Cabinet Coat VS Cabinet Rescue

pcanyonJanuary 19, 2007

Has anyone compared Cabinet Coat to Cabinet Rescue?

I know Cabinet Coat is held in high regard on these forums but has anyone compared it to Cabinet Rescue?

I'm planning on paiting some cherry color stained cabinets white and looking for opinions on these products.

Here's the Cabinet Rescue website:

Here is a link that might be useful: Cabinet Rescue

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erinluchsinger

I've never used either, but rather painted my oak cabinets w/ a good primer and then BM Satin Impervo (oil) and they look fantastic. Granted drying time was a pain, but they've never chipped or shown any wear (other than the edges where I purposely sanded to give an antiqued look)

    Bookmark   January 20, 2007 at 8:46AM
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PRO
Brushworks Spectacular Finishes

I have painted thousands of feet of trim and hundreds of cabinets with CC. There was never a need to compare or substitute it for other similar products.

I've also used Muralo Satin Flow and Satin Impervo Waterborne. Those are fine products too.

Impervo alkyd indoors should only be used if it's not a white. White alkyd will yellow in 3 to 5 years.

Michael

    Bookmark   January 21, 2007 at 8:29AM
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pcanyon

Michael, Have you painted over white melamine with Cabinet Coat? Is that possible?

    Bookmark   January 21, 2007 at 12:21PM
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loomis

I, too, am painting my dark oak kitchen cabinets white and am using Cabinet Coat. My inclination would be to go with a known product. After much research on the web, I could not find one negative comment about this paint.

I am also a firm believer that the most important part of the whole project is adequate surface preparation. There are no shortcuts. Clean, sand, prime, etc. I have found that it may take two to three coats of Cabinet Coat to fully cover, as it is a thinner paint, but the final result is well worth the effort. So far, I have painted some of the cabinets and the ugly dark-stained woodwork and entry way doors in my kitchen. What a difference! My kitchen looks so much brighter already. I can't wait to get the rest done.

So my advice would be to go with a known. This paint is wonderful and will give you a beautiful finish.

    Bookmark   January 24, 2007 at 2:18AM
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PRO
Brushworks Spectacular Finishes

I have painted melamine with CC. As long as the substrate is dull, clean and primed, I had great results.

Michael

    Bookmark   January 24, 2007 at 6:35AM
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moonshadow

Another CC fan here (kitchen cabs, doors, trim). Love how it looks and performs on doors and trim.

Cabinet Rescue is a new one to me, and the label looks suspiciously similar to CC's label at a glance. I wouldn't be afraid to test CR out on a small project. I had never heard of CC years ago when I stumbled onto a slightly dusty can at my local indy paint dealer. Couldn't even find much on the web. Store owner said he got 'good reviews' on it, and he was not one to say things just for the sake of closing a sale (have known him for years). Tried it on rental cabinets, several years later they still look good as new and it's become quite popular in ensuing years ;) So maybe Cabinet Rescue has yet to be fully 'discovered'? :)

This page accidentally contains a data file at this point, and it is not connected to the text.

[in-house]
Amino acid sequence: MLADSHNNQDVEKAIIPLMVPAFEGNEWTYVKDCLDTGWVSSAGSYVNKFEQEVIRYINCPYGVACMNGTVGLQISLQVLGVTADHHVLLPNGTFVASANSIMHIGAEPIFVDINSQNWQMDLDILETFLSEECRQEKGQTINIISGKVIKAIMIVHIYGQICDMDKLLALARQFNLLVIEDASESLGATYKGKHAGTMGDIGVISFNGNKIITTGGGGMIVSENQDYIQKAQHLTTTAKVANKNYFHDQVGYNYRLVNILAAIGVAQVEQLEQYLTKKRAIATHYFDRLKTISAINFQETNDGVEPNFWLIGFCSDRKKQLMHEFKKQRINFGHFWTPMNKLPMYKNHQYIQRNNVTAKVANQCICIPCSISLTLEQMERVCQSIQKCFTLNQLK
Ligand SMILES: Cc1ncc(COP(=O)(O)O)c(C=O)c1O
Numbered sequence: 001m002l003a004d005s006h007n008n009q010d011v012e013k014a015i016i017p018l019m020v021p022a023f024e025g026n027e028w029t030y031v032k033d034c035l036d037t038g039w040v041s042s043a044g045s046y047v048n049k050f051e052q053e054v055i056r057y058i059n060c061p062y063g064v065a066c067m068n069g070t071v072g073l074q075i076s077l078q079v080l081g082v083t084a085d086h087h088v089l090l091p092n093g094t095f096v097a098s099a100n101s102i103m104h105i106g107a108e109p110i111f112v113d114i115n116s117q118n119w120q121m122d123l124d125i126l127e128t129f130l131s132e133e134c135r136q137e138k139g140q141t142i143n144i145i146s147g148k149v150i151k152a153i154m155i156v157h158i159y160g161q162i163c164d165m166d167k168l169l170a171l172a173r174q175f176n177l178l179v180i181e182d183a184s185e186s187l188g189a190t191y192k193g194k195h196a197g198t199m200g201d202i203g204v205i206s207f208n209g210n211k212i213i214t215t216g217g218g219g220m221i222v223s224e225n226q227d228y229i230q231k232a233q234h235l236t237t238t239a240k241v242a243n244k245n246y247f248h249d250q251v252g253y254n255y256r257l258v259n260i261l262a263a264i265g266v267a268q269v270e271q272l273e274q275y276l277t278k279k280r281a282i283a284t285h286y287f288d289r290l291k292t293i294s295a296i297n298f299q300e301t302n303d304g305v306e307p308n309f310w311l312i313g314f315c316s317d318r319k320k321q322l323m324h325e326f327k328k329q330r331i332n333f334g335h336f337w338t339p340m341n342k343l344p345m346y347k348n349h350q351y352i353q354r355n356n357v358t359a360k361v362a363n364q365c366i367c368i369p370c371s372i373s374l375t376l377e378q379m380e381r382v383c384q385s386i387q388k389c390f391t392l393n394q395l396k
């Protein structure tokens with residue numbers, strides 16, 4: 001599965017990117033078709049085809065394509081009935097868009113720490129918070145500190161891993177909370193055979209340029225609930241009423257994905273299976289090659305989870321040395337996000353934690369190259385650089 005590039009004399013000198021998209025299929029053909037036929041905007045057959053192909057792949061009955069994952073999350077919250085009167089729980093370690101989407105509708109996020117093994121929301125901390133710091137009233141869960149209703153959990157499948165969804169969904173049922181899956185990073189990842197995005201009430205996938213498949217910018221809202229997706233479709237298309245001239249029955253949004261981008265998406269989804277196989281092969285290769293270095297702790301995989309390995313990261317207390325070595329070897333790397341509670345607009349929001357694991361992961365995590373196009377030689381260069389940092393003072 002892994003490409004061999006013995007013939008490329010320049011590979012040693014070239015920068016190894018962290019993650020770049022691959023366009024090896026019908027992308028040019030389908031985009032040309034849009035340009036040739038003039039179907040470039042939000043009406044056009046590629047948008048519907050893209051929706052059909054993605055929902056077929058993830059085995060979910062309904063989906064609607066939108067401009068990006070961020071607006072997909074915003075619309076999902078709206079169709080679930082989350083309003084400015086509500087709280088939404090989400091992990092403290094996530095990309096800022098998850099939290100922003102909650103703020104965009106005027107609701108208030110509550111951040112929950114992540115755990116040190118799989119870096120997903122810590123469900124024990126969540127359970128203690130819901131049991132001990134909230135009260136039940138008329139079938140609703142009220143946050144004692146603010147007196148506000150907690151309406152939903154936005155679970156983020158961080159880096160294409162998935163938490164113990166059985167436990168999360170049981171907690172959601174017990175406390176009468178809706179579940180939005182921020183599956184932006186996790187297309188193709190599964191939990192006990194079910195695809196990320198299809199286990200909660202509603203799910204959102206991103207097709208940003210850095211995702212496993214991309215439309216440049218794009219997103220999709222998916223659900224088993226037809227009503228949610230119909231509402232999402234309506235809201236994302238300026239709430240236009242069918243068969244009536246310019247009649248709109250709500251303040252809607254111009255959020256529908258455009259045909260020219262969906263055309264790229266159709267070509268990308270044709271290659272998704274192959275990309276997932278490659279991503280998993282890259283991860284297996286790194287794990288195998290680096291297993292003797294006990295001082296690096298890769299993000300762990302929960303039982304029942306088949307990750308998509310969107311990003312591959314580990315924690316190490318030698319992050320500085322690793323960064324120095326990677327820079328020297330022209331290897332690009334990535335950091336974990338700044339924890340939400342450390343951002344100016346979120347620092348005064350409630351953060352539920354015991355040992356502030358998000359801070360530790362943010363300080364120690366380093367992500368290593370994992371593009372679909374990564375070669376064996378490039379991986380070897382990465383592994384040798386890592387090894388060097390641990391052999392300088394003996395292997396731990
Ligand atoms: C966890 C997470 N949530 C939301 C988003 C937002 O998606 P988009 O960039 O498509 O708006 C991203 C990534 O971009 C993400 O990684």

CC will do well on your surface. Whatever you use, prep like you mean business though. It's equally if not more important than the actual paint!

    Bookmark   January 24, 2007 at 9:08AM
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hockeynana_10_hotmail_com

Just had a painter do my cupboards( which were oak stained ) with white Cabinet Coat...he primed but dont think he did much sanding as can scratch if off with your finger nail... I am going to have to get somebody to and start from scratch with a good sanding

    Bookmark   December 28, 2010 at 3:19PM
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paintplus

i have only used Cabinet Rescue and I love it! It is easily available in FL and I have only had positive results. Working on a project where it is not available NC, so researching something similar and saw posts about Cabinet Coat. I will see if its available but if not I will order CR on-line

    Bookmark   February 2, 2015 at 5:23AM
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Peakmom

One more CC fan here, though I realize you asked for a comparison. Just finished painting a raw wood bathroom vanity that my husband built, with CC tinted Benjamin Moore Simply White. Agree with other posters that the prep and sanding between coats is critical. I used a 4" purdy angled brush to cut in and a foam roller for the flat surfaces. The first coat soaked it up like a sponge (and a very expensive way to prime I might add). Next time I might use a less expensive product for the priming stage. I sanded with 220 between coats, tacked off dust and ultimately gave it 3 coats . I plan on using it for the matching linen cabinet he made us as well as the board and batten trim in our bathroom. I live in NC (near Raleigh) and was able to purchase this at a local store that carries Benjamin Moore paints (BM now owns Cabinet Coat/Insl-x products). Hope this helps - good luck!

    Bookmark   February 2, 2015 at 4:43PM
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